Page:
Today’s news might be tomorrow’s chip paper, but today’s tweets don’t even get 24 hours before they are lost to the online void – you’d be lucky to get 24 minutes, frankly.
With so many valuable thoughts, unique insights and – as the kids would say – epic bants being shared about the education sector on social media, this seemed like a shame.
So we’ve decided to curate the very best of #edu Twitter each week for your delectation. It’s our #TwitterTop10. Look at us, using hashtags and everything #relevant #stillgotit #we'rewithitright?
Papa Lazarou has got nothing on Parkfield Free School
A week after it was revealed that free schools' GCSE results had been...disappointing, @SchoolDuggery points to further woes in the free school sector.
- More Twits on TV, please
The nation might be gripped by the human-interest stories in Educating Cardiff, but @bobharrisonset would prefer to see a rise of the machines. Our own columnist Tom Bennett has also noted that while the show might be called Educating Cardiff, we're not seeing a whole lot of the educating side of schools.
- Sage (on the stage) advice
Fresh from presenting at researchED Scotland, @LeadingLearner blogs on how leaders can use data to know where they're going – and how they can take their staff along with them. As he points out, education is on the cusp. But is that change on the horizon, or an education clusterf**k? Only time will tell...
- Turn your brag on
If history has taught us anything, it is that self-effacement gets you nowhere unless you're the lead in a Richard Curtis movie. Just look at the famous English rulers teachers can learn from – not a humble soul among them. @E_Sheninger agrees, and argues that schools have put themselves into a passive role where they are allowing others to set their institutions' narratives. In this blog, he suggests how teachers can regain control with just a touch of bragging.
- Ready, Ofsted-y, go
Education's very own Jazzy Geoff draws attention to a new leaflet published by Her Majesty's Inspectorate, detailing the information schools will be asked for when they are inspected. No stranger to the school inspection system, @RealGeoffBarton has also argued recently that it's time Ofsted was taught to "know its place".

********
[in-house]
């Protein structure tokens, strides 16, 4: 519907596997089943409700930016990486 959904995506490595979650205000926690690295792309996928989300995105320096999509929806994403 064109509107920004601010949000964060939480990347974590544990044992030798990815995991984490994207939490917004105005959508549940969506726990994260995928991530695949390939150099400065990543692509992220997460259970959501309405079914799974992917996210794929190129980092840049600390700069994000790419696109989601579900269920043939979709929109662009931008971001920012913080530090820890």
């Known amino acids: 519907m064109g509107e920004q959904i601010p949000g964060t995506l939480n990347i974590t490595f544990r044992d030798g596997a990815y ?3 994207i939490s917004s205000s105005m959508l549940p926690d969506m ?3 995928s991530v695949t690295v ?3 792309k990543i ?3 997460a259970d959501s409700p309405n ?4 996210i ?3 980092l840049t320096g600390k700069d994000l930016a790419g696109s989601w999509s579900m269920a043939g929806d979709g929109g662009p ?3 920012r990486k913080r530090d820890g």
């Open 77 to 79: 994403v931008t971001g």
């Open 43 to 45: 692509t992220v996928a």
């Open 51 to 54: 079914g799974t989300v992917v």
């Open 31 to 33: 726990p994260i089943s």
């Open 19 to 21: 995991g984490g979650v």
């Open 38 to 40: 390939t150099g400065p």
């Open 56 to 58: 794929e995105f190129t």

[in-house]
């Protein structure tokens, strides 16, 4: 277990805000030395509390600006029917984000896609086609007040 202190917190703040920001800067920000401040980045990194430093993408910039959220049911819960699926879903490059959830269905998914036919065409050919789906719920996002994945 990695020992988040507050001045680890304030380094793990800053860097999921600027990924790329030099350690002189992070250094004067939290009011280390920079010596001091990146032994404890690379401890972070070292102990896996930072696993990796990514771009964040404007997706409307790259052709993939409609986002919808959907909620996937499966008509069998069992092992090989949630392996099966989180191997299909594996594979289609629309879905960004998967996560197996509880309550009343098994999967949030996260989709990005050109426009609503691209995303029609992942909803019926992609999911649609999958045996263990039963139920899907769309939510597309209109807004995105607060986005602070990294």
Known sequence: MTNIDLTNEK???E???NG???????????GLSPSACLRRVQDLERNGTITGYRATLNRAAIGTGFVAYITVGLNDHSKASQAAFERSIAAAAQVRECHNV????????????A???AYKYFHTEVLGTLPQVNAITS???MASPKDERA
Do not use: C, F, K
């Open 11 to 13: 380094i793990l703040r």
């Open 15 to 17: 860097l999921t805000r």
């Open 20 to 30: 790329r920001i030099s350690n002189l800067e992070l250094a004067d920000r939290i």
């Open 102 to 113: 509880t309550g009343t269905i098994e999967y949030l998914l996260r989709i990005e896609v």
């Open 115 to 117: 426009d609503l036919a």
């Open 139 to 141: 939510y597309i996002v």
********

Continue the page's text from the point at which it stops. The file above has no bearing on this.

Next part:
- Grades against the machine
"The most important thing we've learned
So far as children are concerned
Is never, NEVER, NEVER let
Them near your television set"
There might be more to Roald Dahl's words than we realised, if new research is to be believed. @JasonElsom highlights the findings, which show that an extra hour of television a day can make as much as two grades' worth of difference to students' GCSE results.
- Hip to the chat
For teachers new to Twitter it can seem a rather terrifying world, where everyone is cross all the time for no real reason. Except it's usually something to do with One Direction. So it's great that more experienced teacher Twitterers, such as @coolcatteacher, are on hand to provide helpful links to show how teachers can make the most of this particular social media platform.
- Education, education and even more education
The annual researchED national conference (featuring our very own Ed Dorrell...tell your friends!) is coming up, and people are already experiencing the agony of choice. If you can't make it, look out for a blog or seven from TES columnist Tom Bennett detailing all the brilliant stuff you've missed.
- Tweet like a champion
It's difficult being perfect. We can't all be Ann Mroz (would that we were). But being perfect on Twitter just got a tad easier thanks to this blog – the only thing it doesn't cover is the perfect angle for an educational selfie. We're still chasing that particular dream.
- A glowing report
Finally, this is surely a must for science teachers up and down the land. Or teachers who need a last-minute prop for that weekend rave they're heading to.
- Don't forget, if you're on Twitter, you can follow every edu twist and turn by following @tes. And if you've found a tweet that you think deserves being shouted about, send it to us at firstname.lastname@example.org.